The local lawyers clarified giving preference to the prosecutor’s office and rejecting solicitations from the defense side, and in general solicitations are part of the Azerbaijan court tendency. The seats assigned for the sides in the courtroom also prove this approach.

The judge did not agree to the solicitation of the defense side about the witness status even after the victims also requested it. Three of four victims sitting in the courtroom said that Rasul did not do them any harm and wanted them to be witnesses in the case. The fifth victim was not in the courtroom but as we learned during the trial he also requested to cancel his victim status in the case. Only one victim did not share their position and stated that Rasul did not pay office rent to him.

The lawyers cannot understand how the accusation can be formulated in this case if four out of five victims deny the allegation that Rasul did them harm.

“It abolishes all accusations and all findings become illogical. It is unclear what it is based on,” an Azerbaijan lawyer said about the issue of the victims in the case, which prefers to stay anonymous due to security means.

The trial is approaching the end. The judge left the courtroom for a short time and then returned to announce the plans for the next trial. On February 10, the substantial hearing of the case is scheduled – the court will study the evidence in the case and hear statements of the accused, witness and victims.

30-year-old Azerbaijan human rights defender Rasul Jafarov founded Human Rights Club on December 10, 2010. He was leader of the campaigns Sing for Democracy and Art for Democracy.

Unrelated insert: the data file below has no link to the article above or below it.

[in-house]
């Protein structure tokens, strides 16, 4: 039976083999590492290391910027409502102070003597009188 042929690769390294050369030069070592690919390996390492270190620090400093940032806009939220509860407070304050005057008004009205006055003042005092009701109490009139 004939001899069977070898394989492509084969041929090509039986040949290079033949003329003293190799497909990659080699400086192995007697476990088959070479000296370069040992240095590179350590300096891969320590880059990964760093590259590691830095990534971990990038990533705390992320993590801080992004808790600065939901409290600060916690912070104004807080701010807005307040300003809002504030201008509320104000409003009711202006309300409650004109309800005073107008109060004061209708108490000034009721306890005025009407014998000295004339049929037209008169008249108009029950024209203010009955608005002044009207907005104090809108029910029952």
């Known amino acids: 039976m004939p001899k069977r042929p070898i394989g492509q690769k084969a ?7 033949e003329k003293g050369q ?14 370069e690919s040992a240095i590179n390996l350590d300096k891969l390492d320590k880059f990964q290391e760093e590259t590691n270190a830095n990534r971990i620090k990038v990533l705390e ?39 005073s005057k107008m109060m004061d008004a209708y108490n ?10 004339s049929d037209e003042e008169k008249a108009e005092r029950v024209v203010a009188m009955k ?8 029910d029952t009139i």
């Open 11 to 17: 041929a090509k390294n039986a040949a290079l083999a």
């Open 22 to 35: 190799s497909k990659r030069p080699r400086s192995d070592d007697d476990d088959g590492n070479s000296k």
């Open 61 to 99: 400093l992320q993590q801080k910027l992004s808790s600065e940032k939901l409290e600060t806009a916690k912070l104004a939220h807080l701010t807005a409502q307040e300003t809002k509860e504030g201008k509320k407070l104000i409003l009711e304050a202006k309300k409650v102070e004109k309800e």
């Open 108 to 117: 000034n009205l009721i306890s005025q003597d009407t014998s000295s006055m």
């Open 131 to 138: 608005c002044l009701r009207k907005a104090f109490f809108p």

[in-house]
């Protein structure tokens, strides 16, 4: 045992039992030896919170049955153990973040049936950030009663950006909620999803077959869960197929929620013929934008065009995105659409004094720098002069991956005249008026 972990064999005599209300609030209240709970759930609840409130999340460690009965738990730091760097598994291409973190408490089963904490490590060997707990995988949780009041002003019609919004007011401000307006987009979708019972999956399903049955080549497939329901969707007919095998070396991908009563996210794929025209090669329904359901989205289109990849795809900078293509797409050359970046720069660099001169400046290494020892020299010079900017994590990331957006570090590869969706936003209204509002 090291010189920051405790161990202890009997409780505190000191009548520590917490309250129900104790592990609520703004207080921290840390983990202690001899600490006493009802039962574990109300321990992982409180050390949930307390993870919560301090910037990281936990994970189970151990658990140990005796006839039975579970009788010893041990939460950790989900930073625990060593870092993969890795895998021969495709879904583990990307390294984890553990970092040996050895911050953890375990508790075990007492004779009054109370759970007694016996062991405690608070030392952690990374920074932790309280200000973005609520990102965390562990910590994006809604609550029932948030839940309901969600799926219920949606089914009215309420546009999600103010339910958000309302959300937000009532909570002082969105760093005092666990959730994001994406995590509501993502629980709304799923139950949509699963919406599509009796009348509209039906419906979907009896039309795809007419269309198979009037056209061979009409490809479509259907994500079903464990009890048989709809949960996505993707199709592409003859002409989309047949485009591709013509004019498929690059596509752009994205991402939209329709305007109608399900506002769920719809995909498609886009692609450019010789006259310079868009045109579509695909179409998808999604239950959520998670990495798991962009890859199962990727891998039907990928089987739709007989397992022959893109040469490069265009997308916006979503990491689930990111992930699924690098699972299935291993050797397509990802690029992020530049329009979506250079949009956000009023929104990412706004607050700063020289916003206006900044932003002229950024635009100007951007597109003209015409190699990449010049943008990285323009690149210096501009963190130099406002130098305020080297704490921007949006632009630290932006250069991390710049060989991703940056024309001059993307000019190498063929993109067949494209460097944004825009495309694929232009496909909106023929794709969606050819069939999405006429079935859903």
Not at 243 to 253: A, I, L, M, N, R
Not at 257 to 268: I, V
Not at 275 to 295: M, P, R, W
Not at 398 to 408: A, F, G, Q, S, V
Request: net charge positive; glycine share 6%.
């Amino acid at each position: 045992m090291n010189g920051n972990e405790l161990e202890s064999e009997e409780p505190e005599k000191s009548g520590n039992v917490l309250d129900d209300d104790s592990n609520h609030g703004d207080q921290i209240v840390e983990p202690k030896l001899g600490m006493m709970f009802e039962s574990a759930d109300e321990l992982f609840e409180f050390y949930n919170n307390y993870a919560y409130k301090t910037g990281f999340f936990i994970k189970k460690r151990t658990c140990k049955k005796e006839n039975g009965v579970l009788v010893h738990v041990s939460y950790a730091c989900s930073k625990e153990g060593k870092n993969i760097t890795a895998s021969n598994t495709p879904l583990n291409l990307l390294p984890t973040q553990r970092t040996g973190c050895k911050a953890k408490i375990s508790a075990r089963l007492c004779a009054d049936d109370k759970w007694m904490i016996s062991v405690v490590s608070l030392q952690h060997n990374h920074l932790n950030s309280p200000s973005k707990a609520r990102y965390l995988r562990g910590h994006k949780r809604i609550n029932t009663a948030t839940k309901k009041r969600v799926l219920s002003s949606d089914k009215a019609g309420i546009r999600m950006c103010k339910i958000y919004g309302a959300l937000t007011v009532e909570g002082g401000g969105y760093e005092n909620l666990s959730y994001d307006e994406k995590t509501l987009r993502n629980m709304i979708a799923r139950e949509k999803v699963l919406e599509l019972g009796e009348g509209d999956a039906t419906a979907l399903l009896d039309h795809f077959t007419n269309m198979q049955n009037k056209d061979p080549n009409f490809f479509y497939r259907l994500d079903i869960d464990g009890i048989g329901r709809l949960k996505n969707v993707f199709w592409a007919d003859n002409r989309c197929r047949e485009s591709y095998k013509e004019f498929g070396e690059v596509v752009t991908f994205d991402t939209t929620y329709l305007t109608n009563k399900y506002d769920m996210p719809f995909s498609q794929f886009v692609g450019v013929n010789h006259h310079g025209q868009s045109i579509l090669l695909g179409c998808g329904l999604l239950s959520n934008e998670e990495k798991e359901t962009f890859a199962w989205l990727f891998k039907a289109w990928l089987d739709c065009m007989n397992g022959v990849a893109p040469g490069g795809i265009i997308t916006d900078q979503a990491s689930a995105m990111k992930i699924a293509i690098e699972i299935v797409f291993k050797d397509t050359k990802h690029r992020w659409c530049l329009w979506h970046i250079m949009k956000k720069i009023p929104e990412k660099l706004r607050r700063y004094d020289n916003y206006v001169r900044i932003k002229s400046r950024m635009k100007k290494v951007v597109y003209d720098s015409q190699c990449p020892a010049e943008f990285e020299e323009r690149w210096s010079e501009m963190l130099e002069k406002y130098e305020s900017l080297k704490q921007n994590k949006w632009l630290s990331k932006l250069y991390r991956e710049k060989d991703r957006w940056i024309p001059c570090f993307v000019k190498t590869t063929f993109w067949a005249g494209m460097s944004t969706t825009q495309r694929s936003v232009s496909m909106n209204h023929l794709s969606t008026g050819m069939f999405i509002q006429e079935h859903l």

One of the main issues Rasul Jafarov usually advocated and even made a speech about at the Council of Europe, was the issue of Azerbaijan political prisoners.

His activities as a human rights defender, were often reported as a campaign against Azerbaijan authority and Alyev’s government by some media sources. Local media outlets often mentioned him as an US agent, which promoted revolution in the country in exchange of multimillion grants. Politicians also shared this position.

On August 28, 2014 during his meetings with youth in the regions, President of Azerbaijan blamed human rights defenders in selling their conscience. “We have betrayers in the country, who have sold their honesty.”
General Prosecutor’s Office launched a criminal case against Rasul Jafarov in May 2014. On July 7, based on the court judgment, his bank accounts were sequestered. On July 25, based on the court judgment, travel ban was imposed on him. Rasul Jafarov was summoned to the prosecutor’s office for interrogation several times. On August 2, his status was changed during the interrogation. He was arrested and sentenced to three-month pretrial detention.

In accordance to the August 4, 2014 statement of the press-center of the General Prosecutor’s Office, Rasul Jafarov received the funds from foreign donors as a physical person, did not register the expenditures and avoided tax-payment. “Financial monitoring service discovered shortcomings in the bank operations of the Human Rights Club in the Central Bank. One of the founders and chairman of the organization was Rasul Jafarov. According to the judgment, the organization was examined. There is well-grounded doubt that Rasul Jafarov did not register the grants received from American and other foreign donors. The total amount of the grant was 147 900 manat; through evasion of tax payment he damaged the state budget with 6 162 manat.”